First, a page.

Making sense of sustainability in an ocean of data

Making sense of sustainability in an ocean of data

By Michael Coates (pictured), Senior Solution Architect, Aiven


Did you know that the tech sector is responsible for the same volume of carbon emissions as the aviation industry? As cloud workloads and data centers grow, organisations need a tool to measure carbon emissions on a per-project basis in order to optimise the underlying amount of infrastructure resources used. Not being wasteful requires surfacing emission data for each project at regular intervals throughout the day.

Once information is surfaced, then organisations can act, for example by migrating the workload to a more sustainable datacenter or optimising the software architecture to make it less resource intensive – similar to what companies do today by moving their teams to more environment-friendly office buildings or smaller offices. Less resources used in the cloud reduces your emissions, and so too your costs. This is where sustainability becomes part of your business model.

In today’s evolving regulatory landscape, the transparent use of resources is no longer just a voluntary commitment. In Australia, the government will be enforcing mandatory climate-related reporting requirements which stipulates that enterprises must disclose climate-related risks and opportunities, in addition to greenhouse gas emission data across the value chain by 2025.

This mandate poses a considerable challenge for companies, as they grapple with the complexity of collecting, storing, and analysing substantial volumes of emissions data from diverse sources. Challenges surrounding the reliability and accessibility of accurate cloud emissions data further complicate the management of such data alongside these climate regulations.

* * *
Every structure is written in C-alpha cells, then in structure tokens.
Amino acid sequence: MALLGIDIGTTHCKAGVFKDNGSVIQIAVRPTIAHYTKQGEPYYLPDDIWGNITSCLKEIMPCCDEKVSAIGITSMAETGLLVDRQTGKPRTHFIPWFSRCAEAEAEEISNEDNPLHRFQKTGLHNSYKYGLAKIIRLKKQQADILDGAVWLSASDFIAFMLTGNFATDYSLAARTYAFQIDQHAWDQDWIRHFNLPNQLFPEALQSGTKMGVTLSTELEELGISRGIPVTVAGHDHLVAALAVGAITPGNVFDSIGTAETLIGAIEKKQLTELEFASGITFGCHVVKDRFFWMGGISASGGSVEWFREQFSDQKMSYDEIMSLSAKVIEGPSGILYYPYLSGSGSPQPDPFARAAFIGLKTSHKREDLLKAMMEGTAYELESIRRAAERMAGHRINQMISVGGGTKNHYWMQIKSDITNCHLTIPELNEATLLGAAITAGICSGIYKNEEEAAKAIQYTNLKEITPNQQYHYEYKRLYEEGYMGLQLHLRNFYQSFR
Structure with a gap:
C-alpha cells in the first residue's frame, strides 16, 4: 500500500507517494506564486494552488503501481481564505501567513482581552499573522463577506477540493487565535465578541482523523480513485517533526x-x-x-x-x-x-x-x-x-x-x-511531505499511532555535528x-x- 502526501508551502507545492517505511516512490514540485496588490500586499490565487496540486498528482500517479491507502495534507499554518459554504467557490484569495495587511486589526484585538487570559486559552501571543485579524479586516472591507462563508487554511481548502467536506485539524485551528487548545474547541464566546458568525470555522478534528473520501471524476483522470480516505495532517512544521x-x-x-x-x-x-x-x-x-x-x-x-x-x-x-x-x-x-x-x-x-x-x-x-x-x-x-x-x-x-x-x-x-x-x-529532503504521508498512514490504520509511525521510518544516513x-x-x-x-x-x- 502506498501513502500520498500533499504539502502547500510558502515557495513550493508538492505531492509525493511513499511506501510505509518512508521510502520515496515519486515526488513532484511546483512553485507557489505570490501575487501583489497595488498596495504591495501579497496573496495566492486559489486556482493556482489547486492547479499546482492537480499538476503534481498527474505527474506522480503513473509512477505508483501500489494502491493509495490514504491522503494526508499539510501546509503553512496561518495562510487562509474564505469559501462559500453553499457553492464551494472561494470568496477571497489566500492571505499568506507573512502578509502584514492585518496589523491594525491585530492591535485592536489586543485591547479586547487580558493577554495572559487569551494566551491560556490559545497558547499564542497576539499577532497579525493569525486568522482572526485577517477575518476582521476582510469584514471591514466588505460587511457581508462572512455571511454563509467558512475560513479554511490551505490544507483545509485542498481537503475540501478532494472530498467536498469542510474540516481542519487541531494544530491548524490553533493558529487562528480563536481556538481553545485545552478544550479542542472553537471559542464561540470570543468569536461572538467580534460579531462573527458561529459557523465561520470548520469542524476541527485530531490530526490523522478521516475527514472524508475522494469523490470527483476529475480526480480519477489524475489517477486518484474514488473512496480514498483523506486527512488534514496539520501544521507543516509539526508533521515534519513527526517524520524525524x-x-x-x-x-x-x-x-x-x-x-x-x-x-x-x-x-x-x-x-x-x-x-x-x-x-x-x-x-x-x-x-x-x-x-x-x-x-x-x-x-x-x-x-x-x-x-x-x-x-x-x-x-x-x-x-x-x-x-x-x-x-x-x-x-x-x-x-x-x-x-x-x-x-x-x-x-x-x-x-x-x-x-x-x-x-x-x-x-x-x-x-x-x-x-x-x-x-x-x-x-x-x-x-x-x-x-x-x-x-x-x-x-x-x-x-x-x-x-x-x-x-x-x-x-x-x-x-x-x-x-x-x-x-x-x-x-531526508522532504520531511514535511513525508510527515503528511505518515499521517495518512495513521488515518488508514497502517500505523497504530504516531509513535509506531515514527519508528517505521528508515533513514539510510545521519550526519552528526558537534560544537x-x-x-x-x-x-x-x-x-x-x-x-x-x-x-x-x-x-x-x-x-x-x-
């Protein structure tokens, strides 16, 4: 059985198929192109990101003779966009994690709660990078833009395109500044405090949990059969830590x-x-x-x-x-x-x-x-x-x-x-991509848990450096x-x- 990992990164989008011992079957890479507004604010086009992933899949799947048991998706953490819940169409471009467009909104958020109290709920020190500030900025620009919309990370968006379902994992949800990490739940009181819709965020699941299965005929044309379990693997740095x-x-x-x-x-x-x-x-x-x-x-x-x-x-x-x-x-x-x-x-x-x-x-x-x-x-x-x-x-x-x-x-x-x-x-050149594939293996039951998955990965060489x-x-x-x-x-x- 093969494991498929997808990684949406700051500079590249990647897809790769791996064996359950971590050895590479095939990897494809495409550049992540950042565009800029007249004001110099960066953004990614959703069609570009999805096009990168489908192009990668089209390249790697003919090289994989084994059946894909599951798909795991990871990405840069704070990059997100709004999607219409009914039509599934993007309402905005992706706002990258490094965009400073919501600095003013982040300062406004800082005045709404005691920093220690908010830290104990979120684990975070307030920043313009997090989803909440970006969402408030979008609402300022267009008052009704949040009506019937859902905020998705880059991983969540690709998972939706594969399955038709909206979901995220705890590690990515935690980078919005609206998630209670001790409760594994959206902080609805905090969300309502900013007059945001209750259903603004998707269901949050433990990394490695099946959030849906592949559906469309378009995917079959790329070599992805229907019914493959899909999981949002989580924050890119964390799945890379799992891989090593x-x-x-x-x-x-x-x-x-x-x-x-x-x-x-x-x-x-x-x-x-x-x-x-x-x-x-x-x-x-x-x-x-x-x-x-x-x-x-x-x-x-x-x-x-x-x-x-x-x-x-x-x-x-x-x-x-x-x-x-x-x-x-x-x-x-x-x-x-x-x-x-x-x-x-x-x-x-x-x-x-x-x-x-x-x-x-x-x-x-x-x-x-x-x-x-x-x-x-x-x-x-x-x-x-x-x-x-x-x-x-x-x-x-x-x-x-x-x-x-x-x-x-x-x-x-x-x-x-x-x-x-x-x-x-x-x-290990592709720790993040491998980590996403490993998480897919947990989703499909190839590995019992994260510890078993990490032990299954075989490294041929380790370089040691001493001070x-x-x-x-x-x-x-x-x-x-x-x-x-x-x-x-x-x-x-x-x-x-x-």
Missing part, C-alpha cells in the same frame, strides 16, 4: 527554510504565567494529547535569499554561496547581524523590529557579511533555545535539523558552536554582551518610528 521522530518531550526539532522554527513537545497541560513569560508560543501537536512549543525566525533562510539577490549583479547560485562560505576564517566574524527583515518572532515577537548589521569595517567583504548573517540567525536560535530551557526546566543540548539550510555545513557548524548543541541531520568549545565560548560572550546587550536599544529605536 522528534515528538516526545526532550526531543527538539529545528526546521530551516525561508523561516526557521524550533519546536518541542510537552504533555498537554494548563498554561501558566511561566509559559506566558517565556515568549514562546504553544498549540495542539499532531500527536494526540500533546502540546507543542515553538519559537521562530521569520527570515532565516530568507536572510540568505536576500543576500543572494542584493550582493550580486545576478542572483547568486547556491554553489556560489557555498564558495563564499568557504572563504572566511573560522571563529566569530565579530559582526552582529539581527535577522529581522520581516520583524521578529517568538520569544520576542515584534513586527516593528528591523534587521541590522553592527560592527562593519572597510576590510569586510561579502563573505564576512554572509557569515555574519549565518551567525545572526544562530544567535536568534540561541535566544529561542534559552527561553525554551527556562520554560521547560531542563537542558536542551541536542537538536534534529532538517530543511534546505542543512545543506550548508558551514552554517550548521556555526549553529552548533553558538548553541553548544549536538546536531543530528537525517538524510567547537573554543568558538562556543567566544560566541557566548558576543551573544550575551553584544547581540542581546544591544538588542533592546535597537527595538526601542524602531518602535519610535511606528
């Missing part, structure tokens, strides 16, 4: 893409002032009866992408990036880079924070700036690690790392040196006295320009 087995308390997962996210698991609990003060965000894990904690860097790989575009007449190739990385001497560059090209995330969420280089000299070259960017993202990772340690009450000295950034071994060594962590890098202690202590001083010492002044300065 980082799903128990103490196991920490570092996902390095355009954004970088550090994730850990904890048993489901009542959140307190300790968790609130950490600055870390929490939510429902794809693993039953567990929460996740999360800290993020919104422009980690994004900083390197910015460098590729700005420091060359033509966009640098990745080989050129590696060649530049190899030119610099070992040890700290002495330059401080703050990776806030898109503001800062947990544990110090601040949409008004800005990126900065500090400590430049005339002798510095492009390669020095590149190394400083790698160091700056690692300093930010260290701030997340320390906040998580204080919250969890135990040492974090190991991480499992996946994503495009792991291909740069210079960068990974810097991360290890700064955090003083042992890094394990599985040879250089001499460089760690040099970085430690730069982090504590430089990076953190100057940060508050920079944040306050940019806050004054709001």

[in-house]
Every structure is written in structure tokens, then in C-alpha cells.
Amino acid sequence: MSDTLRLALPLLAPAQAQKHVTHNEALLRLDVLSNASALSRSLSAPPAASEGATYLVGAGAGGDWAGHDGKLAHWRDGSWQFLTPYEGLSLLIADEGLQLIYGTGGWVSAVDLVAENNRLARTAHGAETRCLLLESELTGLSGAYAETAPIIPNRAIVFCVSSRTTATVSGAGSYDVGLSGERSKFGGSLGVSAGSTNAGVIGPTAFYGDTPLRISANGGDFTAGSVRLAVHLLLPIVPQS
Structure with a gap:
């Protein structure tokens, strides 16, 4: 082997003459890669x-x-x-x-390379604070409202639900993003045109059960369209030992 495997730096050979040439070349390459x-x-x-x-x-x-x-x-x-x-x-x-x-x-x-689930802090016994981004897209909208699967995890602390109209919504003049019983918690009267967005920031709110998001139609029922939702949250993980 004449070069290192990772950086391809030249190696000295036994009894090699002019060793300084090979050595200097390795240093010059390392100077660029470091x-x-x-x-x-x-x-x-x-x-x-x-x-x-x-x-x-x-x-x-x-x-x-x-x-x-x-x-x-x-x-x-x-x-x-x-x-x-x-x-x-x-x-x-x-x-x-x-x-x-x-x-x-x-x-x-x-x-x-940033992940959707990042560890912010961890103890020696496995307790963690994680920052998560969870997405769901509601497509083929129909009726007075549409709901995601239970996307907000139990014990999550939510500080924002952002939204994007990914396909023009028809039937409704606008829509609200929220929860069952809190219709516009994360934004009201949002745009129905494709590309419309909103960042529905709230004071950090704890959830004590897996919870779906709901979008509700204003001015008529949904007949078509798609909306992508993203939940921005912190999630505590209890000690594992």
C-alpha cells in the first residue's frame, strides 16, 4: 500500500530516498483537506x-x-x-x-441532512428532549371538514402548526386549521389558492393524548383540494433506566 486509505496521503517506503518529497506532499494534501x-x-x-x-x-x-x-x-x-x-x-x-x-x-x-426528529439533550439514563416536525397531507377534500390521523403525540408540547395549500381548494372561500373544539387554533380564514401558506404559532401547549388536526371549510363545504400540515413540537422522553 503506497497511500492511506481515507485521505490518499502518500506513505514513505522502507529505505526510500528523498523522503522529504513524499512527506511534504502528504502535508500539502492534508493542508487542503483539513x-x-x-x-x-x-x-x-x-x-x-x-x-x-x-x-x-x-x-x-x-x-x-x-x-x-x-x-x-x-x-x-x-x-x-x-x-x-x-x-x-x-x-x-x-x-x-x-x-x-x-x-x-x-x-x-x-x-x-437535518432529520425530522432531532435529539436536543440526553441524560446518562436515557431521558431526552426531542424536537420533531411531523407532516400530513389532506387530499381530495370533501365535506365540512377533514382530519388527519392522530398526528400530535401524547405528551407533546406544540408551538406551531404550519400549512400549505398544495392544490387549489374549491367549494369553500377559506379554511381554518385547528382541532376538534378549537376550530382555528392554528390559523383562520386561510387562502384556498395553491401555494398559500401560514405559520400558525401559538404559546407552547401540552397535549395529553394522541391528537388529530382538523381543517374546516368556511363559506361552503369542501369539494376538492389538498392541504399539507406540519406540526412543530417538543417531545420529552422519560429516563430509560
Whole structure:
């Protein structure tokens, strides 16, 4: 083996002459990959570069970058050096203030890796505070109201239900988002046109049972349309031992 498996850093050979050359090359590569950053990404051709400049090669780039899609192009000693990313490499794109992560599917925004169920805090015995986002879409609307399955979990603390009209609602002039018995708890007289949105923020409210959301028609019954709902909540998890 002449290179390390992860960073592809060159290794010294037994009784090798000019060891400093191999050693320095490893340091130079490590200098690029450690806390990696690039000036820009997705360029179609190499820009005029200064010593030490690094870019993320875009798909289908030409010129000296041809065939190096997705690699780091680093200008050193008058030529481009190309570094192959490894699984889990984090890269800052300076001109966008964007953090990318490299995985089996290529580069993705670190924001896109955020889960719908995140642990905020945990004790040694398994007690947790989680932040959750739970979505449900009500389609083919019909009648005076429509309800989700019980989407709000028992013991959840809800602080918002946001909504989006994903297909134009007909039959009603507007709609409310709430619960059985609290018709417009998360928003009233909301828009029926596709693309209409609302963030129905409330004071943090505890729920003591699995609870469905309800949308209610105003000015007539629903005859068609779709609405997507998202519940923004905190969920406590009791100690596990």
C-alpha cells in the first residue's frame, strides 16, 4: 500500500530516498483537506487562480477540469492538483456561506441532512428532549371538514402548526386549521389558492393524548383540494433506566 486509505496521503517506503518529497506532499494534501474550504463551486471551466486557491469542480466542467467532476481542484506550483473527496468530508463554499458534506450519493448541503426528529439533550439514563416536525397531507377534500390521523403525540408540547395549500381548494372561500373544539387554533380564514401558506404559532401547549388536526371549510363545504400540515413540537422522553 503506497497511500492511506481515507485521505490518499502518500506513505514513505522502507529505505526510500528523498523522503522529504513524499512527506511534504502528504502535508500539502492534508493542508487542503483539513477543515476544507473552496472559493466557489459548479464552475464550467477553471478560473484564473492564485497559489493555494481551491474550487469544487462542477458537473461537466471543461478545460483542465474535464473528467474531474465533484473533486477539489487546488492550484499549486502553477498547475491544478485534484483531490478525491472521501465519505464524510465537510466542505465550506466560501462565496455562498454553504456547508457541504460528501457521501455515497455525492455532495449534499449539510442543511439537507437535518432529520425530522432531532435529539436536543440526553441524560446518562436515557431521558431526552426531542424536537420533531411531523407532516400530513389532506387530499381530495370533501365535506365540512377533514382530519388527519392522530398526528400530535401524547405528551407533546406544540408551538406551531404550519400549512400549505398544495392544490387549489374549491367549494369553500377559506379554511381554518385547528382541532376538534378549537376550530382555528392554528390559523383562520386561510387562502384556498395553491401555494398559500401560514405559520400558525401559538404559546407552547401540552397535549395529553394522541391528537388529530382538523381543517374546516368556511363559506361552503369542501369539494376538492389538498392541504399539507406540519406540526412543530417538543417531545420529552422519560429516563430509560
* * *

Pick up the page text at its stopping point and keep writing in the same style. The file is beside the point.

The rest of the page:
Aiven is committed to not only helping companies manage their carbon emissions but also to meet Australia’s stringent ESG reporting requirements. We developed an implementation in Python of the Cloud Carbon Footprint, an open-source solution originally created by  Thoughtworks to calculate and reduce CO2 emissions internally, as well as those of our customers.

Some of our major customers from retail, energy, and transportation sectors who have established sustainability targets (SBTi or Net Zero pledges) are already using the tool to monitor their emissions and decide where to run those workloads in the cloud­. By integrating environmental objectives into their IT infrastructure design, they can measure their level of emissions before and after the migration through the Aiven platform or start directly with a new workload, running it in a more sustainable datacenter.

But we recognise this is only half the solution.

We also assist customers and other organisations in reaching their environmental sustainability goals by understanding the environmental impact of their use of Aiven services and reducing their environmental footprint. For example, we help them optimise energy sources by cloud vendor/region and reducing overconsumption.

As we look forward, integrating sustainability into cloud optimisation strategies is crucial for a greener, more efficient cloud computing landscape, especially in the face of climate change challenges today.